MPs this week criticised Twitter’s “defensive” response to concerns about rising online anti-Semitism after a meeting with the social media giant, in the wake of vile abuse aimed at Jewish Labour MP Luciana Berger.
John Mann, chair of the All-Party Parliamentary Group Against Anti-Semitism, joined Hendon MP Matthew Offord and others in raising the issue during talks in Dublin with both Twitter and Facebook on Monday.
While Facebook was praised for its approach, the parliamentarians were less impressed with Twitter, which defended its response to online anti-Semitism by saying: “There’s so much out there,” according to those present.
“They likened the tweets to hearing an offensive conversation in the street, meaning that it’s soon gone as you pass by,” said Offord of the micro-blogging site’s argument. “Needless to say, we don’t see it like that.”
The parliamentary group said Twitter refused to comment on the details of individual cases, although the issue of Ms Berger was brought up. “Facebook was amenable, open and willing to engage with our concerns,” said Offord. “We did not feel the same about Twitter. They were very defensive and not as proactive.”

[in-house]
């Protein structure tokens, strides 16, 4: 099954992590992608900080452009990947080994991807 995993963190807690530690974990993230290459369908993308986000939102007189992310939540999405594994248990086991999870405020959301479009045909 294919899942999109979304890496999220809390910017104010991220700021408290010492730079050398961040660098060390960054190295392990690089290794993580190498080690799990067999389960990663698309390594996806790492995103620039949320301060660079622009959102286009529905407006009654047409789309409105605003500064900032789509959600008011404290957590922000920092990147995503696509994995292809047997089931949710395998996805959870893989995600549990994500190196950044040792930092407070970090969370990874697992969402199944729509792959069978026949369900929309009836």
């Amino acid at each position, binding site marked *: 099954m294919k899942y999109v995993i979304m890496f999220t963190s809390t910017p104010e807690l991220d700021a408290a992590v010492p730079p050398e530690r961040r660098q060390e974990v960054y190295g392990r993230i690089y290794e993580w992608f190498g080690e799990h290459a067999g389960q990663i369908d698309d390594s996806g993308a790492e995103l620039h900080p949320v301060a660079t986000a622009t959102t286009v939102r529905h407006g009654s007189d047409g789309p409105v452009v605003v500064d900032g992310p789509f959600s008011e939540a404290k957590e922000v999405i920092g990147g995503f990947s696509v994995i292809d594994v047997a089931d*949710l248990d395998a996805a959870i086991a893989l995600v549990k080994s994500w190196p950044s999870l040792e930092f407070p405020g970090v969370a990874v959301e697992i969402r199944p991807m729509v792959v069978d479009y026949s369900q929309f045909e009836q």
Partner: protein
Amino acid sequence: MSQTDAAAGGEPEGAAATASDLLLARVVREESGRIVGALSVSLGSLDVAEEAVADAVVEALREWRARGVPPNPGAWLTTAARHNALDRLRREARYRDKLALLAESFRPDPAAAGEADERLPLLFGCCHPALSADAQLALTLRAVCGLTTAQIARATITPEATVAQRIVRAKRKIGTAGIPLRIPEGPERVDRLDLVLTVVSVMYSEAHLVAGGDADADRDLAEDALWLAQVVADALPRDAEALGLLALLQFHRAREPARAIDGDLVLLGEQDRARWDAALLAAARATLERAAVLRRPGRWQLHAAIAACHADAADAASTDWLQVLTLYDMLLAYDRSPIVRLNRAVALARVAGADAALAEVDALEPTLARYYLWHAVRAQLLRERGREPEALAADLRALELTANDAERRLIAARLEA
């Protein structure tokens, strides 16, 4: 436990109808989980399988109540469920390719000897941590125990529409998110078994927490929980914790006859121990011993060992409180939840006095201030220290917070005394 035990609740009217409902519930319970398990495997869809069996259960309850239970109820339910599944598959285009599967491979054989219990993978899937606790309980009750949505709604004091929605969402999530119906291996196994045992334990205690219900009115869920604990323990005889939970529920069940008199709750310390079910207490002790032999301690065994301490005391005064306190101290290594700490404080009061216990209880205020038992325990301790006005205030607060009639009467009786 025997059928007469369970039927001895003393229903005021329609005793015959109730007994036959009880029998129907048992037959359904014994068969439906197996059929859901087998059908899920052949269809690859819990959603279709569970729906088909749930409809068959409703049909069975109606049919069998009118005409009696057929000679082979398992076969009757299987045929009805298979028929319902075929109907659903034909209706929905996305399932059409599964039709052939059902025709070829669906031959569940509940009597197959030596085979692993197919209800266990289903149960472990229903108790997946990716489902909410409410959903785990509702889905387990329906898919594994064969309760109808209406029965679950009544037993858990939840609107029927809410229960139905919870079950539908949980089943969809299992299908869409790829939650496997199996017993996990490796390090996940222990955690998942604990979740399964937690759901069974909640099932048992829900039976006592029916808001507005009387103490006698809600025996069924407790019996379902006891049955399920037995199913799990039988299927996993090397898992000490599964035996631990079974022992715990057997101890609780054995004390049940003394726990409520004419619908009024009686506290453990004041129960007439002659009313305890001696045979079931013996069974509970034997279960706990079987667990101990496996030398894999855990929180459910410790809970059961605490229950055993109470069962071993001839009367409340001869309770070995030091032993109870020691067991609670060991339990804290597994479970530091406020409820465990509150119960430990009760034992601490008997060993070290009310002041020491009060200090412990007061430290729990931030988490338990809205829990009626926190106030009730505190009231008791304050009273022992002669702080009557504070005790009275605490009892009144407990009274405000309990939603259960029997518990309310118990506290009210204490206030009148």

The criticism comes in the same week that social media giants were forced to defend their response to online threats made by Fusilier Lee Rigby’s killers, just days before he was murdered in Woolwich in May last year. Both Mann and Berger have suffered online abuse in recent weeks, with neo-Nazi group members having been arrested and jailed.
The All-Party group will now press their case for changes with the Ministry of Justice and the Home Office. Among the ideas being discussed is a so-called ‘Internet ASBO,” first proposed by Mann in the House of Commons. Currently, a court order can ban sex offenders from using the internet, and some MPs want this to be extended to those determined to perpetrate race hate. “When someone is banned from one social media site, they just move to another platform, and we need to prevent this,” said Offord.
“We’re also pressing for better identification, although this can be difficult because 80 percent of all posts are made from hand-held devices.”
Last year, Twitter was eventually forced to give French authorities data that identified users responsible for a spate of vile anti-Semitic tweets, but only after a long- running court battle launched by Jewish students.